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Two theorists predicting the existence of the Higgs boson get the Physics Nobel Prize  
Peter Higgs and Francois Englert won the Nobel Prize in Physics for predicting the existence of the Higgs boson. The particle has been discovered on July 4, 2012, by teams of physicists from the ATLAS and CMS experiment, using the Large Hadron Collider at CERN in Geneva, Switzerland. This discovery and subsequent measurements were the culmination of a decades-long quest to understand how mass arises. Our Experimental High Energy Physics Group has been involved in the research and discovery of the Higgs boson for 30 years.

The group members, Profs. Roderich Engelmann, John Hobbs, Robert McCarthy, Michael Rijssenbeek, Robert Dean Schamberger and Dmitri Tsybychev, along with their graduate students and post-doctoral researchers, carry out research with the ATLAS experiment team. The group made a number of contributions to the Higgs discovery and ongoing follow up studies. The group was responsible for design and construction of instrumetation needed for the measurements of the Higgs boson decays to electrons and photons. These measurements formed the main evidence in the 2012 discovery analyses. The group also led the effort to calibrate the measured masses in these decays.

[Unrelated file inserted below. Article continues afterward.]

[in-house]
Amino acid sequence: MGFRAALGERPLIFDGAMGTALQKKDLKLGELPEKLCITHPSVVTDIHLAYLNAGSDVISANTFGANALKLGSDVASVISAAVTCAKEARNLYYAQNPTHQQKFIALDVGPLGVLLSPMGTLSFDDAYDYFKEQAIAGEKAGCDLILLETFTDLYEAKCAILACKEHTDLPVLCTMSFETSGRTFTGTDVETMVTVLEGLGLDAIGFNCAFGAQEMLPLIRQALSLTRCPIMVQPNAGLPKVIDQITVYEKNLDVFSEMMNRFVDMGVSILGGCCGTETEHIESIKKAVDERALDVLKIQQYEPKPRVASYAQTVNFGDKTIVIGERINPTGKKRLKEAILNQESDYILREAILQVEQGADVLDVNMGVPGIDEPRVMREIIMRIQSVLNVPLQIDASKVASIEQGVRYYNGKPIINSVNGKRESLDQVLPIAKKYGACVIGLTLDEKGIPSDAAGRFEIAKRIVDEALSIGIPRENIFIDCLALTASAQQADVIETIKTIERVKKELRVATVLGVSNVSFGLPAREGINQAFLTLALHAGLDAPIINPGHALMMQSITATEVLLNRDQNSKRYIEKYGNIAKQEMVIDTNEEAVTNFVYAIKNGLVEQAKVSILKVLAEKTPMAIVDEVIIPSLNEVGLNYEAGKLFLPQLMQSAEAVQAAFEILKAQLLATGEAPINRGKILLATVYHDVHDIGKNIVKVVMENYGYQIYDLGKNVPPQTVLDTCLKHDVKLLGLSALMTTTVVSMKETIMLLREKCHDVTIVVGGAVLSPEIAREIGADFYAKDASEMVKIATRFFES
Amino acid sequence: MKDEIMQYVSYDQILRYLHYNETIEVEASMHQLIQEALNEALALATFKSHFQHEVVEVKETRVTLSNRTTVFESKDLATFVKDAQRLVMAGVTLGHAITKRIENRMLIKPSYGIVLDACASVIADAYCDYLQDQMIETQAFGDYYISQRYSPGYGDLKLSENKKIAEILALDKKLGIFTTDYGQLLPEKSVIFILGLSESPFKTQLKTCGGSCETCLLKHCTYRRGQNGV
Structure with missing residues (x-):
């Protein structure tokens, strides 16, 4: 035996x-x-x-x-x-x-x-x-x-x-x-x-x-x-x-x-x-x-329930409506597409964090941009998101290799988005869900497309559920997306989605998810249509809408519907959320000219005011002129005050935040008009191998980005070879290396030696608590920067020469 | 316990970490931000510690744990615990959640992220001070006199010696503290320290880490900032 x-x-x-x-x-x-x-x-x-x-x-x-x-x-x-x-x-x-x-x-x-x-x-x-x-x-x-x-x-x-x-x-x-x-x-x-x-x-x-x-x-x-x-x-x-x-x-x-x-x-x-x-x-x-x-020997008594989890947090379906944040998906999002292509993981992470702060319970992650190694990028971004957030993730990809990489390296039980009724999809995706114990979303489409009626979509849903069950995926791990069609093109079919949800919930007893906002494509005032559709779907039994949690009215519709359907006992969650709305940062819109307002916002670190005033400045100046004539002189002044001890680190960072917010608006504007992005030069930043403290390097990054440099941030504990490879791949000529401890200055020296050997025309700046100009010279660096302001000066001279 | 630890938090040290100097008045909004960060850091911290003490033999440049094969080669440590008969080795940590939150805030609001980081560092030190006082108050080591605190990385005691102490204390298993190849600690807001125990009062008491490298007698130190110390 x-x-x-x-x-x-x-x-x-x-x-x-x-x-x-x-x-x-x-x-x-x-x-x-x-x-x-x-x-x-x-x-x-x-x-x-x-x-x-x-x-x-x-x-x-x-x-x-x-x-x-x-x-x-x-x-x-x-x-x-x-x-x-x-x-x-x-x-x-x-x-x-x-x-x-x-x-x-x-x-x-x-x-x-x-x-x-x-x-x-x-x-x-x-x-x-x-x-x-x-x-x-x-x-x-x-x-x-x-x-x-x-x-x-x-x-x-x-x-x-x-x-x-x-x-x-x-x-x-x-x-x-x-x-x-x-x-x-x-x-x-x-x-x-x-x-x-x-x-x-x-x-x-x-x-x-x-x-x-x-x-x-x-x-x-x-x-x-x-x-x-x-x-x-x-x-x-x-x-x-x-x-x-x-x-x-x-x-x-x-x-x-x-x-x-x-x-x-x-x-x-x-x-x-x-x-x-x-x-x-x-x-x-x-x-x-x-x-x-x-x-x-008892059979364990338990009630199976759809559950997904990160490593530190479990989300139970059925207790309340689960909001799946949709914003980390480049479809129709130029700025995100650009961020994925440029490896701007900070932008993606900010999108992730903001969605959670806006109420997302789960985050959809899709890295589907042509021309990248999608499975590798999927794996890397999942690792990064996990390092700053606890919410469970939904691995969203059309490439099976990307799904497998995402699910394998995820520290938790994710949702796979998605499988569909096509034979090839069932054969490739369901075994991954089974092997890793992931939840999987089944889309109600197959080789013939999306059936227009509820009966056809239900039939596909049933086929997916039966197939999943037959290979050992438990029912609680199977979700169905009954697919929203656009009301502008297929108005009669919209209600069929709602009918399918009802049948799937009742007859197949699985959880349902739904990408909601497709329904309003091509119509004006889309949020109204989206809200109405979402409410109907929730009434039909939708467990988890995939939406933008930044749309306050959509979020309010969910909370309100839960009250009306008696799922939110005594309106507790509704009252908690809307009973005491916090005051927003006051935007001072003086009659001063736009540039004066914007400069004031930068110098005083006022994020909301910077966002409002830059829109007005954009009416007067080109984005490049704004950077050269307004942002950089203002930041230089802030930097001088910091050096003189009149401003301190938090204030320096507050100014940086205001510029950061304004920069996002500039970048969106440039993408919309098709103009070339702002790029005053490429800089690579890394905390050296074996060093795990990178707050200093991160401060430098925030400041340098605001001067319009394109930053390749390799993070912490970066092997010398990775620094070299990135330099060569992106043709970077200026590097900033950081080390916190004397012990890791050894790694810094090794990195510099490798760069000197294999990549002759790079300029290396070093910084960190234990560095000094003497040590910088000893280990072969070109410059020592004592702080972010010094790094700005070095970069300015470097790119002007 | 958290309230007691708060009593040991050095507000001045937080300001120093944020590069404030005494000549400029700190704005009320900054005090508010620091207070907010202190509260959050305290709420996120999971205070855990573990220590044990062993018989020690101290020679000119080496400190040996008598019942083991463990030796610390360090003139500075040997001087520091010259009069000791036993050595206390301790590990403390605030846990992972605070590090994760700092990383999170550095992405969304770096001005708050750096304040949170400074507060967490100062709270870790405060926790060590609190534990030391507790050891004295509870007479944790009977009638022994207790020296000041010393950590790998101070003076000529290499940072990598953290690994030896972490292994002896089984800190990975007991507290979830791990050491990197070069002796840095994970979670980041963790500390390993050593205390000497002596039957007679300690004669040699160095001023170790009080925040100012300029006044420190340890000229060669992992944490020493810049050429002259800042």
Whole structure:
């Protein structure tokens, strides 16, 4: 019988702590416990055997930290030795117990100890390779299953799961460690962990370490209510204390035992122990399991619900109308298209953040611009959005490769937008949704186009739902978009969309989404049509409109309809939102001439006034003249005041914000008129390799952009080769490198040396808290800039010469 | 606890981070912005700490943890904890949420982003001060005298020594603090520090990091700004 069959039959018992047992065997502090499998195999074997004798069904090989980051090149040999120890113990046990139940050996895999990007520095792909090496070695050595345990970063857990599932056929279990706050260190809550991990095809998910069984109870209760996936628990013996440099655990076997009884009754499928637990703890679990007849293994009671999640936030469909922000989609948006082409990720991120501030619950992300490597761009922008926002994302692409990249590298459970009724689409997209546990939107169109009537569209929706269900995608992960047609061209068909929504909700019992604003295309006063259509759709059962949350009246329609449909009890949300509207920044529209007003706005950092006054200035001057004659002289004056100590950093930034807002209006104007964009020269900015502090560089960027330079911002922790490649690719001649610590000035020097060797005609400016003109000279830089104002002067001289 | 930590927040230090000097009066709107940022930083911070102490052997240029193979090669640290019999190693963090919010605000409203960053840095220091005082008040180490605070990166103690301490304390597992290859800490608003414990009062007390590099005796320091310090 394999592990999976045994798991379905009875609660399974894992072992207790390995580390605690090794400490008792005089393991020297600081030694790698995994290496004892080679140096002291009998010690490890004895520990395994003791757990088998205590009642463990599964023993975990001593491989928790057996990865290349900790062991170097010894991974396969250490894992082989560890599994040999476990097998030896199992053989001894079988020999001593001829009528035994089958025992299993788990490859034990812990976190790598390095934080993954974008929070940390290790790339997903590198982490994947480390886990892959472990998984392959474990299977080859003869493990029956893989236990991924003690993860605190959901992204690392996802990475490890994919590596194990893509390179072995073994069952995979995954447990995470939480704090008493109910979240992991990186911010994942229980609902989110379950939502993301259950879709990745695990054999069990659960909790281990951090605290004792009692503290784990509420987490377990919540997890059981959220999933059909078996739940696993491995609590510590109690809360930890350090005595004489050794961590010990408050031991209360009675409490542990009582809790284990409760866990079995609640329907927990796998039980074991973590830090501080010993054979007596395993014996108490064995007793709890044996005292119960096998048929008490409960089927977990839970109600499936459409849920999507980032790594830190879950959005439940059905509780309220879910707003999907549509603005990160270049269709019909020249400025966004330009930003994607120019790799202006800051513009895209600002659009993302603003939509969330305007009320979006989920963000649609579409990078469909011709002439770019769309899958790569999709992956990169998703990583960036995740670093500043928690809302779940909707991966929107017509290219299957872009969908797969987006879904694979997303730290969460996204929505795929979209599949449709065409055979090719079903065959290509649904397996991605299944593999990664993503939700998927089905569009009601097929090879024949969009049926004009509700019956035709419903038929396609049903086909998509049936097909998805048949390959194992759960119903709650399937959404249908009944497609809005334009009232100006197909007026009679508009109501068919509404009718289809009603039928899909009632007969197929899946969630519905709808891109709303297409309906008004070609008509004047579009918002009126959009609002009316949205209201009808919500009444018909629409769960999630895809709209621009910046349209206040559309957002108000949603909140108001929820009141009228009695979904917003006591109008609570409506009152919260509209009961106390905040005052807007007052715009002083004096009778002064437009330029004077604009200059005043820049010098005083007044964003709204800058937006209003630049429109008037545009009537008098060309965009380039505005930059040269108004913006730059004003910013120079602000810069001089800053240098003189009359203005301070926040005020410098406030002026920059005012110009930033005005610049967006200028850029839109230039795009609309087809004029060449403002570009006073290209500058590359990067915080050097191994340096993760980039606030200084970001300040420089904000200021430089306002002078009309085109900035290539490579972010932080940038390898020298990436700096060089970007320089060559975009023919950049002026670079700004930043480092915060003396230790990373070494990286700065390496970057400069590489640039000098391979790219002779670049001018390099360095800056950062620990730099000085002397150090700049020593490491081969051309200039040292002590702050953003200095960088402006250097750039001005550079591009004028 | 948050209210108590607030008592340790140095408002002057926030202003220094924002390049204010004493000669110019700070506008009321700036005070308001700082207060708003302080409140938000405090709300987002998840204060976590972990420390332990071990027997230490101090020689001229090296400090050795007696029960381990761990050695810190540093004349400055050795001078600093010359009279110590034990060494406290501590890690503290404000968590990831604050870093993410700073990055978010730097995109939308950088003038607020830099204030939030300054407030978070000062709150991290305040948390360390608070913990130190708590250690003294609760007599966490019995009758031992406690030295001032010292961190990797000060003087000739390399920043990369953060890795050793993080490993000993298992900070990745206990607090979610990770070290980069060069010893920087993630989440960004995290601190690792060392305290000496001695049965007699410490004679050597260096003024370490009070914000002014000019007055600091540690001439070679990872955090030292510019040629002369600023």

Our group leads ongoing studies of the Higgs boson, in particular analyzing additional Higgs boson reactions which must occur if the standard theory is correct. We are beginning participation in analysis searching for other reactions which may occur if the standard theory is incomplete.

The section of the ATLAS apparatus which measures electron and photon energies, is a modernized version of the apparatus used in the D0 experiment at Fermilab. D0 was led for 13 years by Distinguished Research Prof. Paul D. Grannis including the period during which another fundamental particle, the top quark was discovered. Analysis of D0 data, along with that of its sister experiment CDF, established initial evidence for the Higgs boson prior to the ATLAS and CMS discovery announcements.

2013-10-08

Links to all "What's new" sections: 2012, 2013, 2014, 2015, 2016, 2017 and the latest.

 

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